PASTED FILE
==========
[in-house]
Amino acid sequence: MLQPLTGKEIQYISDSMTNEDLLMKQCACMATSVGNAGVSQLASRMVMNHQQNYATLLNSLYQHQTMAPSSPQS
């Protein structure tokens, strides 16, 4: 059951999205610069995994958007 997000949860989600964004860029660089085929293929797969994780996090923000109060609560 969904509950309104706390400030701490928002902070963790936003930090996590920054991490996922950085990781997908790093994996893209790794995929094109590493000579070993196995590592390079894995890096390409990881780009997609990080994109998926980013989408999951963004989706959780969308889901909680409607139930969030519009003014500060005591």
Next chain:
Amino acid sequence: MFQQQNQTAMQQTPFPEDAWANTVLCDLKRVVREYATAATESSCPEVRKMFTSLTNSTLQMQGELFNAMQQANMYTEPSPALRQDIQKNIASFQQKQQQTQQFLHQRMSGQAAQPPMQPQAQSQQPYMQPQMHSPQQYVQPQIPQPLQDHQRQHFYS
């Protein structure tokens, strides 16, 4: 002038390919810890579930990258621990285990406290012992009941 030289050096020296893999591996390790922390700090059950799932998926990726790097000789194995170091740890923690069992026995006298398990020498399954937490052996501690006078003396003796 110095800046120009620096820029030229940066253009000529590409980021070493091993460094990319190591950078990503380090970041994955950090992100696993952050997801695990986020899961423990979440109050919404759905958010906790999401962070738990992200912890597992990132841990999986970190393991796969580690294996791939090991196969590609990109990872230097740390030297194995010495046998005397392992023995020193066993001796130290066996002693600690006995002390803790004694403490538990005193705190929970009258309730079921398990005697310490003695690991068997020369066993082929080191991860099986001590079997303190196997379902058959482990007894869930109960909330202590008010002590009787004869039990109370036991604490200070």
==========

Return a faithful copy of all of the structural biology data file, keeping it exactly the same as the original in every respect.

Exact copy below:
[in-house]
Amino acid sequence: MLQPLTGKEIQYISDSMTNEDLLMKQCACMATSVGNAGVSQLASRMVMNHQQNYATLLNSLYQHQTMAPSSPQS
């Protein structure tokens, strides 16, 4: 059951999205610069995994958007 997000949860989600964004860029660089085929293929797969994780996090923000109060609560 969904509950309104706390400030701490928002902070963790936003930090996590920054991490996922950085990781997908790093994996893209790794995929094109590493000579070993196995590592390079894995890096390409990881780009997609990080994109998926980013989408999951963004989706959780969308889901909680409607139930969030519009003014500060005591």
Next chain:
Amino acid sequence: MFQQQNQTAMQQTPFPEDAWANTVLCDLKRVVREYATAATESSCPEVRKMFTSLTNSTLQMQGELFNAMQQANMYTEPSPALRQDIQKNIASFQQKQQQTQQFLHQRMSGQAAQPPMQPQAQSQQPYMQPQMHSPQQYVQPQIPQPLQDHQRQHFYS
């Protein structure tokens, strides 16, 4: 002038390919810890579930990258621990285990406290012992009941 030289050096020296893999591996390790922390700090059950799932998926990726790097000789194995170091740890923690069992026995006298398990020498399954937490052996501690006078003396003796 110095800046120009620096820029030229940066253009000529590409980021070493091993460094990319190591950078990503380090970041994955950090992100696993952050997801695990986020899961423990979440109050919404759905958010906790999401962070738990992200912890597992990132841990999986970190393991796969580690294996791939090991196969590609990109990872230097740390030297194995010495046998005397392992023995020193066993001796130290066996002693600690006995002390803790004694403490538990005193705190929970009258309730079921398990005697310490003695690991068997020369066993082929080191991860099986001590079997303190196997379902058959482990007894869930109960909330202590008010002590009787004869039990109370036991604490200070």